Terrel Williams – 17 (WA) Gay
Corey Jackson – 19 (MI) Gay
Tyler Clementi – 18 (NJ) Gay
Raymond Chase – 19 (RI) Gay
Zach Harrington – 19 (OK) Gay
Aiyisha Hassan – 19 (CA) Lesbian
Chloe Lacey – 19 (CA) Trans
I originally wrote concerning recent gay teen suicides in this blog post.
I then wrote two more blogs on bullying here and here .
I also wrote about how conservative christian organizations were claiming we are becoming intolerant of their intolerance here.
While reading another article elsewhere I ran across this. The comment by Regan DuCasse was enlightening and timely concerning religious accountability for bullying.
This blog continues to address the recent suicides. Seven more since I originally posted in September. I guess I should be used to crying for these people. I am not. Each is a fresh cut to the soul. Each hurts as much as the one before. I can only hope I never become so desensitized that tears fail as I read or hear about a new death and loss to the community.
I have only been focusing on the deaths here in the US. They are happening all over the world. They have for decades and probably centuries. I don’t have the strength or will to try to address them all. It is hard enough to keep track here in this country. I am just acknowledging that it is a global problem, not just a local problem. So many have no voice, no visibility on the world stage as they should. Most media are only now actually speaking on this as being a real problem. Only now. Those words tear at me. How many happened and were ignored? How many happened and were covered up and/or silenced out of shame by the family? Many is the likely answer, in all honesty.
The media has focused on the teen males but it isn’t just males. Trans females and lesbians are also killing themselves. For the exact same reasons. This is why I expanded the list once I realized the media bias. This a LGBT issue, not just a gay male issue. I had originally focused on school bullying with my posts. It goes beyond that. There is also societal and religious bullying.
Zach despaired because he witnessed his town’s homophobia in a town meeting. That is societal bullying. He couldn’t see an end to it or that he could survive it. Chloe feared discrimination because she was trans and it is not easy to live with people that won’t accept you as you are. Aiyisha died without being able to reconcile her feelings for herself. Society still allows blatant hostility and outright discrimination. The media is full of it. While there are some efforts to try to stem the tide, it doesn’t help if our youth don’t find those few places before they give up. Churches preach and rail against our very existence. Countless children grow up with fear from their church and parents that they aren’t worthy of life just for being who they are.
It is good that this issue is becoming a national dialog. It is way overdue. Discussion needs to happen. Anti-gay organizations are making hay with it, trying to turn it all back on the victims in twisted and illogical ways that are downright offensive. Many voices are coming forward to try to counter this. Videos are being made in an effort to let teens know that their situations will change and for the better if they can hang on long enough. That is good and needed, but it only works if the videos are seen.
When our politicians use us to increase their power, they are adding to the problem. When they make their statements to try to pull in more votes from anti-gay voters, they are contributing to a cycle of death. Our government owns a piece of responsibility in this crisis. When school officials think more about their conservative parents reactions than the safety of children, they are responsible. When authority figures in any official office turn away and ignore the issue before them, they have responsibility. When parents bring up their children to hate those that are different, they have responsibility too. When any adult can justify not taking action when they see something wrong right in front of them, they too own a piece of the responsibility.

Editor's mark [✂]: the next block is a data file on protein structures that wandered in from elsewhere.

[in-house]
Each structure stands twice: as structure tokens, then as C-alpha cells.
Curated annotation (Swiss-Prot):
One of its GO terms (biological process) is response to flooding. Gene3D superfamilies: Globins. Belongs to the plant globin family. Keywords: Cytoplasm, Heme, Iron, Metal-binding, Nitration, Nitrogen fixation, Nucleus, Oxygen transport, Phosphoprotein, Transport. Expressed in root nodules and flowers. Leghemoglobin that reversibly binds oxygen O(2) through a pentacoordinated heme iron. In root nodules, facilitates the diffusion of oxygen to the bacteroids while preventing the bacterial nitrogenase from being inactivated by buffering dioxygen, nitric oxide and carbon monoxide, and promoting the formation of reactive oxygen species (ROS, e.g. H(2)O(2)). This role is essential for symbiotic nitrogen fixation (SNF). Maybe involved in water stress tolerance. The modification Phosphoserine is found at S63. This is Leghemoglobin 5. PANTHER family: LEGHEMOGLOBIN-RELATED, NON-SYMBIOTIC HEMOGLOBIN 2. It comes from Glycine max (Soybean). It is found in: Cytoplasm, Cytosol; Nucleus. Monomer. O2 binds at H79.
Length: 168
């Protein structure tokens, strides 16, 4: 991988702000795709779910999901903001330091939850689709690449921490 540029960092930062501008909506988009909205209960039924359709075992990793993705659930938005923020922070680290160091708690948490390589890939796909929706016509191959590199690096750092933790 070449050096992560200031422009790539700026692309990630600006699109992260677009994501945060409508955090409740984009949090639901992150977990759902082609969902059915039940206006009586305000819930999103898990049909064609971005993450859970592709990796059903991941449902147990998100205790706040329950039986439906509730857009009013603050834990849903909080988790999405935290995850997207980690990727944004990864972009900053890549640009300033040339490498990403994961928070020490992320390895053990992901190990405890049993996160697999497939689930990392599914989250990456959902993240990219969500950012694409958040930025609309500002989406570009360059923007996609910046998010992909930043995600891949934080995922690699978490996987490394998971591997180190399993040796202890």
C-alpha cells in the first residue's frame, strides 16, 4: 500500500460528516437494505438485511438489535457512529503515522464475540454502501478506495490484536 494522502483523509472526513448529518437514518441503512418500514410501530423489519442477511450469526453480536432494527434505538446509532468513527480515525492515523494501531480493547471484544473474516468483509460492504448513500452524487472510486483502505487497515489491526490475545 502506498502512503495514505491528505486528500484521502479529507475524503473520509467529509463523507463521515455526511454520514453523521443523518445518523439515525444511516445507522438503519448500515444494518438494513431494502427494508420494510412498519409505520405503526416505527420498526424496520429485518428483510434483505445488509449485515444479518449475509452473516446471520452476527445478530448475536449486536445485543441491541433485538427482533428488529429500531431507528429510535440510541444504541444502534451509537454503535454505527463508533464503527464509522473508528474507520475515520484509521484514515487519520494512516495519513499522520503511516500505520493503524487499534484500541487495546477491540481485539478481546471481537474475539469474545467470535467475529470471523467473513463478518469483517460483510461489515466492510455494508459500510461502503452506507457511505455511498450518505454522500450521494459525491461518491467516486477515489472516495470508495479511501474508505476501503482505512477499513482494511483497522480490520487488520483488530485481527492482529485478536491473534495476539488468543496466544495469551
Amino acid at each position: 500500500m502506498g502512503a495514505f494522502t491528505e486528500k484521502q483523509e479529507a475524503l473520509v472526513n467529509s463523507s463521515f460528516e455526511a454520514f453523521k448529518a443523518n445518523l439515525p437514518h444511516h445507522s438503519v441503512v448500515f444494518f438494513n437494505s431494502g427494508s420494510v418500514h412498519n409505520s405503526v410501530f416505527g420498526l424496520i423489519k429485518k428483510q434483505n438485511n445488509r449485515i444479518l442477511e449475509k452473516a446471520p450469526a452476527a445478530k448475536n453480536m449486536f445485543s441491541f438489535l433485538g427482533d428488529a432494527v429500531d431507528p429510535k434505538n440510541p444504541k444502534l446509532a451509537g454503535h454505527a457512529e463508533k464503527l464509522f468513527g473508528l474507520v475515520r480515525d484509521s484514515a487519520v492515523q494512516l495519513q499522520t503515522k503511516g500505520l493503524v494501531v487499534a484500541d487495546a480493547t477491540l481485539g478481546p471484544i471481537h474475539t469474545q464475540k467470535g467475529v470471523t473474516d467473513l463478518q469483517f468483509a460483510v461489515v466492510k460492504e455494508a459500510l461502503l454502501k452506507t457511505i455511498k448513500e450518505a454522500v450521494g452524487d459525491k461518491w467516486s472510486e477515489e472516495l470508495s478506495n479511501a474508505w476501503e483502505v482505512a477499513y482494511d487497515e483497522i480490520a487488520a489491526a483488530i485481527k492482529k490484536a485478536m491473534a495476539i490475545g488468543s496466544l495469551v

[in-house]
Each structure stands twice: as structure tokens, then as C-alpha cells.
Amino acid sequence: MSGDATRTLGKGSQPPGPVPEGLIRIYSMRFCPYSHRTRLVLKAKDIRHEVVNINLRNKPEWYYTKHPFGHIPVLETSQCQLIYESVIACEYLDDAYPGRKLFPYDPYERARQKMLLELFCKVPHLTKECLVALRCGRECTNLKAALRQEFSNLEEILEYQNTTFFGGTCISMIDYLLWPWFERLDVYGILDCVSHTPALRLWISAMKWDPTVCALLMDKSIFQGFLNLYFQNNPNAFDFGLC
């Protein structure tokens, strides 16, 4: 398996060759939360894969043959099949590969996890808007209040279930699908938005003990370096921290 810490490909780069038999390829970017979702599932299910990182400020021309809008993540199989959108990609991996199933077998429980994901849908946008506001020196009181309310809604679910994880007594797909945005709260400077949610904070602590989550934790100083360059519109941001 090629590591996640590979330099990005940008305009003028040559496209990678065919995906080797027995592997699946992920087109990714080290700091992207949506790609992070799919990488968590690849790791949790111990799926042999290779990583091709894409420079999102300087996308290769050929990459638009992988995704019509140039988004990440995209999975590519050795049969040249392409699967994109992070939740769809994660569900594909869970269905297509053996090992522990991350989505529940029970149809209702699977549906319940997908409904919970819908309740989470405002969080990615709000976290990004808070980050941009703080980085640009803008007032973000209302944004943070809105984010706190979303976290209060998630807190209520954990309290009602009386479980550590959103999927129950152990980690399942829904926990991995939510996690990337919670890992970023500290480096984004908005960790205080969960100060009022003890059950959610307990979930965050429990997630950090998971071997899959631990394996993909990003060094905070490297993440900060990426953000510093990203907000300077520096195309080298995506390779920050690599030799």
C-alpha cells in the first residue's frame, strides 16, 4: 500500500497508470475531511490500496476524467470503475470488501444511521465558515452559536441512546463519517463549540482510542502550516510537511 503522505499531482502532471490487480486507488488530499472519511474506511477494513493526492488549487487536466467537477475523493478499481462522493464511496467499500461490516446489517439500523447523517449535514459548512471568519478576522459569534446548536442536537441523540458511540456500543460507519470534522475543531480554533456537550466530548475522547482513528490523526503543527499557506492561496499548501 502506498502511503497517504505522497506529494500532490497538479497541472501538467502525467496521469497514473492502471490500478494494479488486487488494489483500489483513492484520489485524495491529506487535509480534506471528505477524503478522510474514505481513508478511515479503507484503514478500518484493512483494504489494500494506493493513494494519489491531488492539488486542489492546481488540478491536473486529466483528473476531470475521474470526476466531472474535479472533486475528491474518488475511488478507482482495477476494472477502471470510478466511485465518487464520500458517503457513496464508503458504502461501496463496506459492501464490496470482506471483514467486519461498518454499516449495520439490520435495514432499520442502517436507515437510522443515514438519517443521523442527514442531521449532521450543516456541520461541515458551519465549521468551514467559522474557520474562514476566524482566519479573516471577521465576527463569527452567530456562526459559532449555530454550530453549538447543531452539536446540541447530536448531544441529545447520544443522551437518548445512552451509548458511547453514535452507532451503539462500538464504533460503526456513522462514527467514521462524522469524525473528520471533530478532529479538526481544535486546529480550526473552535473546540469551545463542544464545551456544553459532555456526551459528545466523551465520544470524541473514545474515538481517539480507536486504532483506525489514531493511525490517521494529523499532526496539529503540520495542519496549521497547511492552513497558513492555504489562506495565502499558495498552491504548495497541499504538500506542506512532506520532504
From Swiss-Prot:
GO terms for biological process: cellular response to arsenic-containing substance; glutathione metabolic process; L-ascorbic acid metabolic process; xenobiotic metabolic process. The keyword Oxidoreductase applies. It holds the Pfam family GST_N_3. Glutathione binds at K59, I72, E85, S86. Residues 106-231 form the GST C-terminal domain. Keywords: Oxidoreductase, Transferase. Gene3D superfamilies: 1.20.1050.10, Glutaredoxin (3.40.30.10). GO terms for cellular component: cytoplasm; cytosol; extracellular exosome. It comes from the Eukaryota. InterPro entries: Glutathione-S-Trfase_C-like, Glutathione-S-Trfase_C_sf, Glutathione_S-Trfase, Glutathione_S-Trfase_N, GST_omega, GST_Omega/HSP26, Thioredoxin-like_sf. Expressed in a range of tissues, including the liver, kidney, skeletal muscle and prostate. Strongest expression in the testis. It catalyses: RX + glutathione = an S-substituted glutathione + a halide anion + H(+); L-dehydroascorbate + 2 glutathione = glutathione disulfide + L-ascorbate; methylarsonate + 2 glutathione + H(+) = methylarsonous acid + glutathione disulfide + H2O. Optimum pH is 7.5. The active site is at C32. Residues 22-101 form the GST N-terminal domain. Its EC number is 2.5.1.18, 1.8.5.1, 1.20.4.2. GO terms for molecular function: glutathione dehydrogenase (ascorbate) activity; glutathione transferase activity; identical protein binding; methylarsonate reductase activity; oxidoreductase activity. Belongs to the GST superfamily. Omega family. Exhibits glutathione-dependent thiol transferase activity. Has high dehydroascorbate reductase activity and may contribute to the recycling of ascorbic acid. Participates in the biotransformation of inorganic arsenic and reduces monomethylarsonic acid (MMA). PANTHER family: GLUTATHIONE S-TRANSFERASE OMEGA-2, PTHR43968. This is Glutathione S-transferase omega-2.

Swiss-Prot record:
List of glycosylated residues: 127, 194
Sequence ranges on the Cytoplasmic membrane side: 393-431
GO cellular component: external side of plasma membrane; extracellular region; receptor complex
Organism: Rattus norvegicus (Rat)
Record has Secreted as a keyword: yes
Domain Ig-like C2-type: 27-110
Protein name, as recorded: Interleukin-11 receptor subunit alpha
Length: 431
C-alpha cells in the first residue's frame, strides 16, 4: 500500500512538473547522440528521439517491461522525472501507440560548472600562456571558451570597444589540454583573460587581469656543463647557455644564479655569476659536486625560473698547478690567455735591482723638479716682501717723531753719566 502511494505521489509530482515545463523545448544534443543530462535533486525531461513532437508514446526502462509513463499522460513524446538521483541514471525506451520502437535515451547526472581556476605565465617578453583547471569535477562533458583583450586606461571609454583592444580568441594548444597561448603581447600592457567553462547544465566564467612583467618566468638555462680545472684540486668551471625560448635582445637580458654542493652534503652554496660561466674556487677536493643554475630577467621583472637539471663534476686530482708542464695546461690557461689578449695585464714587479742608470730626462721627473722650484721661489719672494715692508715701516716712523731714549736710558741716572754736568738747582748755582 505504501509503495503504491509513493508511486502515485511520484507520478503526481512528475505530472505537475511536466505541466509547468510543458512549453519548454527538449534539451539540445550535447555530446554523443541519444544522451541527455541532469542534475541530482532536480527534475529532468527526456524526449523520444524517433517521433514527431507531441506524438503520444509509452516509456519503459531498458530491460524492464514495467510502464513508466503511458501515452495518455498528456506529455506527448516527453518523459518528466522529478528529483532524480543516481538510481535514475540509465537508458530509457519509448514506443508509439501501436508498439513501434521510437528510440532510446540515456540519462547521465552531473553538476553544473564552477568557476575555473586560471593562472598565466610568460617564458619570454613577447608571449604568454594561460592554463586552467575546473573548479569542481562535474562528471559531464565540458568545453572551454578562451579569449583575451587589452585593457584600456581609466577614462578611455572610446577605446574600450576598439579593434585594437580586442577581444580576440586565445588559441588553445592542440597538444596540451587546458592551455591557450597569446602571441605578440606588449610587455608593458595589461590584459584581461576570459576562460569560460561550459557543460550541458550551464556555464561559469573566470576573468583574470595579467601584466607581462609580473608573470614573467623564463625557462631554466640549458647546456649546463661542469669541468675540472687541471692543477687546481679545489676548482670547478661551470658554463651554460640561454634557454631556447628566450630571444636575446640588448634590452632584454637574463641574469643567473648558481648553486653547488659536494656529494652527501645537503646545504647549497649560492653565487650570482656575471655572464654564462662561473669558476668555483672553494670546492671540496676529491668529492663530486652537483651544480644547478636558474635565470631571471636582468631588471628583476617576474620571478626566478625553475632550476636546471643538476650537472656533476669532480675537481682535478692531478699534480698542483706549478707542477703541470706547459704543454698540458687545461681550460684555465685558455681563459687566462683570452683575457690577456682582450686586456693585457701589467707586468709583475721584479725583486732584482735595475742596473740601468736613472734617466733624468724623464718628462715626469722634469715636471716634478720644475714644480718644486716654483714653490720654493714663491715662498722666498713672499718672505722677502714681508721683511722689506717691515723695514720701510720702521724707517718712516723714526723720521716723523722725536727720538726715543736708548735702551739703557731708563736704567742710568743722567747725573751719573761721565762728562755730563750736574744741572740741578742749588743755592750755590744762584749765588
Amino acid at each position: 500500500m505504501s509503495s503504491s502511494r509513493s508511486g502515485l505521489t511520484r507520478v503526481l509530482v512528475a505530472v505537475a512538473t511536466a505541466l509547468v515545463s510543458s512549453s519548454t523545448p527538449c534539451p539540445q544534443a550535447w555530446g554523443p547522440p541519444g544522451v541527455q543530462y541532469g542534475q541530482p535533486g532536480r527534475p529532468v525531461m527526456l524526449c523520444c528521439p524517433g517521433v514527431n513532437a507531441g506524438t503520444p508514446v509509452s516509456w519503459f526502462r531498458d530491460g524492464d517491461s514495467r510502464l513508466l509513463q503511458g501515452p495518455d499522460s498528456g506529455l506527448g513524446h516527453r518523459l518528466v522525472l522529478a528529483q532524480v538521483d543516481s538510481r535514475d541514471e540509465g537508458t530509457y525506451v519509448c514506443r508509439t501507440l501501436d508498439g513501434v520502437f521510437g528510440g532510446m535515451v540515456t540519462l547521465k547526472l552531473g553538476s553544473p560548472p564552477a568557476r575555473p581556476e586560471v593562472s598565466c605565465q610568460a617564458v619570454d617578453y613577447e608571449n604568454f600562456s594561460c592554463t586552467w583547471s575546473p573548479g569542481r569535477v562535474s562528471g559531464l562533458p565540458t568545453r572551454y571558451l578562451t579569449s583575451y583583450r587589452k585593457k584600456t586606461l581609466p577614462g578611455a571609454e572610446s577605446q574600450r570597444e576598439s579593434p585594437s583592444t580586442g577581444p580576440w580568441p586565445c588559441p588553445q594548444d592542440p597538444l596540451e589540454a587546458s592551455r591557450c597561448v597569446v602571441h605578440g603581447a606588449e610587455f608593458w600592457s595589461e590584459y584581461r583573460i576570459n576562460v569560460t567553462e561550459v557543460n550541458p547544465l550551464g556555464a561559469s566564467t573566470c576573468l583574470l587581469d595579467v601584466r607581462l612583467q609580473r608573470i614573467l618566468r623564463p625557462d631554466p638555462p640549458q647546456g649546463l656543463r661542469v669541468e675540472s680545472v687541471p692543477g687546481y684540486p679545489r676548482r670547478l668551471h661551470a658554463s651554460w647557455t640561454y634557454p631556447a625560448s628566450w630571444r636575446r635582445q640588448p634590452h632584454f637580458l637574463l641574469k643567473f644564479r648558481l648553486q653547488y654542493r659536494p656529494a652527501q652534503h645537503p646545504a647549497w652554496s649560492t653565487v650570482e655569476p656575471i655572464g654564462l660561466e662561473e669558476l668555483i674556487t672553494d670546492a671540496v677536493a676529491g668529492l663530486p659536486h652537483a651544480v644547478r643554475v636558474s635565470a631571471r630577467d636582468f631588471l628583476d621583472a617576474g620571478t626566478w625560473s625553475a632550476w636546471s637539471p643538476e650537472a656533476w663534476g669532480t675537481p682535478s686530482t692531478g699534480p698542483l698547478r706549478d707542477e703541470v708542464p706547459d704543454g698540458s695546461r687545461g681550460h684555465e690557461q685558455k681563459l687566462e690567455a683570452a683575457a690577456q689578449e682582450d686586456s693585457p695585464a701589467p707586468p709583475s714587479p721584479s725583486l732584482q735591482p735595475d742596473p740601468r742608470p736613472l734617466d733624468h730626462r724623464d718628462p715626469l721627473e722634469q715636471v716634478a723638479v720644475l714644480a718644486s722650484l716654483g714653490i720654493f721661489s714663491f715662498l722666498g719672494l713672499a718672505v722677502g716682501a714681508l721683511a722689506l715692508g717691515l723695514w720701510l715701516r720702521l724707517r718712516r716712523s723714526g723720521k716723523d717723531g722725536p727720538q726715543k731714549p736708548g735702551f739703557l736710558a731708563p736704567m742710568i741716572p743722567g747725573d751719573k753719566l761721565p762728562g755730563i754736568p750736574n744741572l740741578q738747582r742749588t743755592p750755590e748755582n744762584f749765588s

Three years ago I started a project called Finding the Rainbow. It is a series of books talking about how people discovered they are gay, bi or lesbian. It also talks about how they came to accept themselves as they are. It was started because I couldn’t find any material on how people knew that they were LGB. I was looking at sexuality, so Trans wasn’t going to be covered. I asked for people to submit their histories. Not stories, because stories implies fiction. I was asking for their memories and experiences. Between the two questions, knowing and accepting, these histories show that we survived the experience.
I have been unable to complete the first book in the series, the gay male edition, due to lack of submissions. Many agreed to participate, few followed through. I am grateful for those that did. I am frustrated with those that didn’t. These histories might have made a difference, possibly, for one of these kids if they had a chance to read them. This is one of the purposes of the project, to give hope and understanding that we CAN survive. That these people, of various ages and from various places around the country, made it and are ok.
My request is that you pass this blog around. Spread it as far as you can. Maybe someone (many I hope) will come forward and not just commit to the project but also follow through. Now is the time. We need as many resources for our kids as we can bring out for them. It is important. It is the right thing to do, now and for the future.
I can be reached through my Facebook group Finding the Rainbow so just join and contact me there. We need to show our youth that we can survive anything. I am looking for Gay men, Bi men, Bi women and Lesbians willing to write their experiences and contribute them to our youth’s future. Please help me with this project and hopefully help our teens.